Suit alleges Detroit Police used excessive force against legal observers

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A Detroit police officer at Black Lives Matter protest May 31, 2020, in Detroit. (Shutterstock photo)

Attorneys with the National Lawyers Guild amended a previously filed lawsuit Monday that accuses  Detroit Police officers  of using excessive-force tactics against legal observers during last summer’s protests that erupted in the wake of George  Floyd’s death at the hands of  a Minneapolis police officer. 

In the lawsuit, legal observers said they were tear-gassed, beaten, pepper sprayed and shot with rubber bullets by Detroit police. 

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The lawsuit says the legal observers were documenting and recording Black Lives Matter protests between May and August 2020. The suit alleges the observers were tear-gassed, beaten, pepper sprayed and shot with rubber bullets by police officers, despite wearing bright green “legal observer” hats. 

Julie Hurwitz, vice president of the National Lawyers Guild (NLG), says the legal observer program serves an important function to our democracy. 

“It is part of a comprehensive system of legal support designed to enable people to express their political views without unconstitutional disruption or interference by the police,” Hurwitz said. 

Hurwitz said she spoke with Detroit Deputy Police Chief Todd Bettison last summer about informing officers that legal observers would be at the protests wearing bright green hats to identify themselves. 

Lawrence Garcia, corporation counsel for the City of Detroit, said in a statement that DPD worked to keep peace during the protests. 

“Detroit Police have been doing a good job of keeping the peace during protests and professionally handling allegations of misconduct after the fact. Fair and honest self-assessment is crucial, especially these days. I doubt the recently filed ‘legal observer’ claims will uncover anything new about last summer’s protest activity, but we will examine the matter carefully and defend accordingly,” Garcia said in the statement. 

Marie Reimers, an attorney with the NLG and a plaintiff, has been a legal observer for the past six years. Reimers says she’s never witnessed anything like what she saw at protests in Detroit last summer.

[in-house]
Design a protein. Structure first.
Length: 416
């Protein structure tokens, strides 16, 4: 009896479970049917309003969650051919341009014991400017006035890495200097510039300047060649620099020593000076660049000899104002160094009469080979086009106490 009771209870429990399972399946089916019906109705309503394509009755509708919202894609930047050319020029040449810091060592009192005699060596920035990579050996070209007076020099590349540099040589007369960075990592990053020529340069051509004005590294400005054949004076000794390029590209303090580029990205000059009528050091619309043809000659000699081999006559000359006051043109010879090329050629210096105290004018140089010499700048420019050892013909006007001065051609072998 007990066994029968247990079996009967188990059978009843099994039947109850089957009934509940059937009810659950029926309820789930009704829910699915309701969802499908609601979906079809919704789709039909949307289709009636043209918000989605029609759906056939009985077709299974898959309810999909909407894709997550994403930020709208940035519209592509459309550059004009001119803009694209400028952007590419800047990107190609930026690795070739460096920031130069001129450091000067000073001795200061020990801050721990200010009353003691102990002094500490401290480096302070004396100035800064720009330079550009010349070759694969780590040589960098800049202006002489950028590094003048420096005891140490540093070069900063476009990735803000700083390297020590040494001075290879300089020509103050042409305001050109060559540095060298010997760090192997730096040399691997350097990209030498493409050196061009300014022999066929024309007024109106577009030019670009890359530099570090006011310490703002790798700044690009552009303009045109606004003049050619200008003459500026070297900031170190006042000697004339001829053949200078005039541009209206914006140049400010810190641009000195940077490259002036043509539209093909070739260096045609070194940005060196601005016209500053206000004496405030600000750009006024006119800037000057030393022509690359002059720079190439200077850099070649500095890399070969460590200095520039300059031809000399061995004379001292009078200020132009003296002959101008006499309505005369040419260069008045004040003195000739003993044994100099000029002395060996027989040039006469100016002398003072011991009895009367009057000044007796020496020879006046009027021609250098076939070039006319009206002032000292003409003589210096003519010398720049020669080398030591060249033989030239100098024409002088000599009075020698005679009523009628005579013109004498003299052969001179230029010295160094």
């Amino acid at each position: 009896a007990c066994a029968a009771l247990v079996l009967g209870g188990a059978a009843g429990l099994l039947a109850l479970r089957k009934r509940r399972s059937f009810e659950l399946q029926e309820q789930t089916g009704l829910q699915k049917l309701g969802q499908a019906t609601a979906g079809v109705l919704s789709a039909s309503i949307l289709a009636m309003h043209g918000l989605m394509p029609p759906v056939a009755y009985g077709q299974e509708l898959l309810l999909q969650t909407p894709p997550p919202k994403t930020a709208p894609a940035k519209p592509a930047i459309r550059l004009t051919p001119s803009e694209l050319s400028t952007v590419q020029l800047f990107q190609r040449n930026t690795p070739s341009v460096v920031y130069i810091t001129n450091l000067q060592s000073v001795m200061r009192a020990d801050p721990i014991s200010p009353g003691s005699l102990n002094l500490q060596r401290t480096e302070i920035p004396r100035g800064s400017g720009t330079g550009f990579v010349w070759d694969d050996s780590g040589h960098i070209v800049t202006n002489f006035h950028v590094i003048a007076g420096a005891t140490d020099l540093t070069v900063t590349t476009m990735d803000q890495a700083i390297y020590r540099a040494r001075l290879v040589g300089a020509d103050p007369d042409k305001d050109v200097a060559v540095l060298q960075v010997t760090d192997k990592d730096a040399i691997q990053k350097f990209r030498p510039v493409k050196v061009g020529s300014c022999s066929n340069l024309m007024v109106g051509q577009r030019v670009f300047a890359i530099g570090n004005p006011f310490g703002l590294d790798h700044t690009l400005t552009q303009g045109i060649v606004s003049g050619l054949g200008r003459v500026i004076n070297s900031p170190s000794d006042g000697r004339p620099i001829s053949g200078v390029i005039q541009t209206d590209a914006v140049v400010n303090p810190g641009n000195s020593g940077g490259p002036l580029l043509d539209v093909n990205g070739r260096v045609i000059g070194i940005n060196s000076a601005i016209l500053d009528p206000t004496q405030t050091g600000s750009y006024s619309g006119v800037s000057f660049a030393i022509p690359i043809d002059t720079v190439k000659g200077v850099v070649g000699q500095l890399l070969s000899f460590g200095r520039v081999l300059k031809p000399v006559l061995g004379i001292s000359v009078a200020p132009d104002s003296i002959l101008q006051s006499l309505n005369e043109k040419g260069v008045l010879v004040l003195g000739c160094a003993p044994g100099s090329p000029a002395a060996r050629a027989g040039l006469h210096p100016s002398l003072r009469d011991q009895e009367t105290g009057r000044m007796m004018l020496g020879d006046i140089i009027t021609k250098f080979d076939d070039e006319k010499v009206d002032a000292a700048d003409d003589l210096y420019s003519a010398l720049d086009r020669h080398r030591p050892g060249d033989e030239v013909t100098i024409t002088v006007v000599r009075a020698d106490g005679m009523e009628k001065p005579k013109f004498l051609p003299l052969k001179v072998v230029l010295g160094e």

“Over the course of 2020, I was beaten and gassed several times, and I suffered long-term physical health consequences because of the beatings, because of the gas,” Reimers said. 

Reimers, who is white, says the physical health consequences aren’t the worst part of the negative interactions with DPD officers. She says the worst part is the fear she gets from seeing police officers. 

“I was able to spend 27 years of my life living without fear of the police. That’s 27 years without fear. My Black and Brown neighbors in this city are not that lucky. They grow up with that terror. They live with the knowledge that DPD could terrorize them at any time with impunity and without consequence,” she said. 

David Robinson, a civil rights attorney and former member of DPD, said there is footage that depicts some of the allegations in the lawsuit. 

“There were no cameras when I was patrolling the streets, but today there is a camera everywhere. Despite that, we see over and over police officers ruining the lives of Black and Brown people,” Robinson said. 

The lawsuit, which names Mayor Mike Duggan and Police Chief James Craig personally, claims that the plaintiffs were exercising their legal right to document the actions of police officers during these demonstrations.

Shannon McEvilly, another plaintiff in the suit and attorney with NLG, claims she was maced and struck by a riot shield during a protest on Aug. 22 that led to the arrests of 44 protesters. 

“I believe the police targeted legal observers with violence, on that night in particular, in order to prevent us from witnessing and documenting their brutality against nonviolent protesters,” McEvilly said. 

The city is currently facing a lawsuit from protesters, including the group Detroit Will Breathe, that alleges officers used excessive force against peaceful protesters on multiple occasions between May and August 2020. 

Last September, a federal judge temporarily banned officers in the department from using excessive-force tactics like chokeholds, rubber bullets, batons, shields and sound cannons on peaceful protesters.

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